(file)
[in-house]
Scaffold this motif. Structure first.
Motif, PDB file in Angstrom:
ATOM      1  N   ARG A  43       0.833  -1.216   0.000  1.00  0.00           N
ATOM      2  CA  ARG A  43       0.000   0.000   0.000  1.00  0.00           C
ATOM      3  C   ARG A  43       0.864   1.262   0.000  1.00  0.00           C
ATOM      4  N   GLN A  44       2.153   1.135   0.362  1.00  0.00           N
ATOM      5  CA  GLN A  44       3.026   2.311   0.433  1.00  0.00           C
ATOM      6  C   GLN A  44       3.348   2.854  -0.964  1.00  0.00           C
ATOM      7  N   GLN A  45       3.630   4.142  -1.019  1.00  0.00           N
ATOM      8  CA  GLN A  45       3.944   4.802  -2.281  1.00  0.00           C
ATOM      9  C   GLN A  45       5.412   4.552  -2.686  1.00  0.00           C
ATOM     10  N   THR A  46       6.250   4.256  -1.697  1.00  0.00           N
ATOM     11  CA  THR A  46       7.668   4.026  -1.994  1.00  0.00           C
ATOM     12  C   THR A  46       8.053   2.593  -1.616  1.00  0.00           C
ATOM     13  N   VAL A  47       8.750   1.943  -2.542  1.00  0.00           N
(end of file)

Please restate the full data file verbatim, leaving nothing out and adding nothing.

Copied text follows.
[in-house]
Scaffold this motif. Structure first.
Motif, PDB file in Angstrom:
ATOM      1  N   ARG A  43       0.833  -1.216   0.000  1.00  0.00           N
ATOM      2  CA  ARG A  43       0.000   0.000   0.000  1.00  0.00           C
ATOM      3  C   ARG A  43       0.864   1.262   0.000  1.00  0.00           C
ATOM      4  N   GLN A  44       2.153   1.135   0.362  1.00  0.00           N
ATOM      5  CA  GLN A  44       3.026   2.311   0.433  1.00  0.00           C
ATOM      6  C   GLN A  44       3.348   2.854  -0.964  1.00  0.00           C
ATOM      7  N   GLN A  45       3.630   4.142  -1.019  1.00  0.00           N
ATOM      8  CA  GLN A  45       3.944   4.802  -2.281  1.00  0.00           C
ATOM      9  C   GLN A  45       5.412   4.552  -2.686  1.00  0.00           C
ATOM     10  N   THR A  46       6.250   4.256  -1.697  1.00  0.00           N
ATOM     11  CA  THR A  46       7.668   4.026  -1.994  1.00  0.00           C
ATOM     12  C   THR A  46       8.053   2.593  -1.616  1.00  0.00           C
ATOM     13  N   VAL A  47       8.750   1.943  -2.542  1.00  0.00           N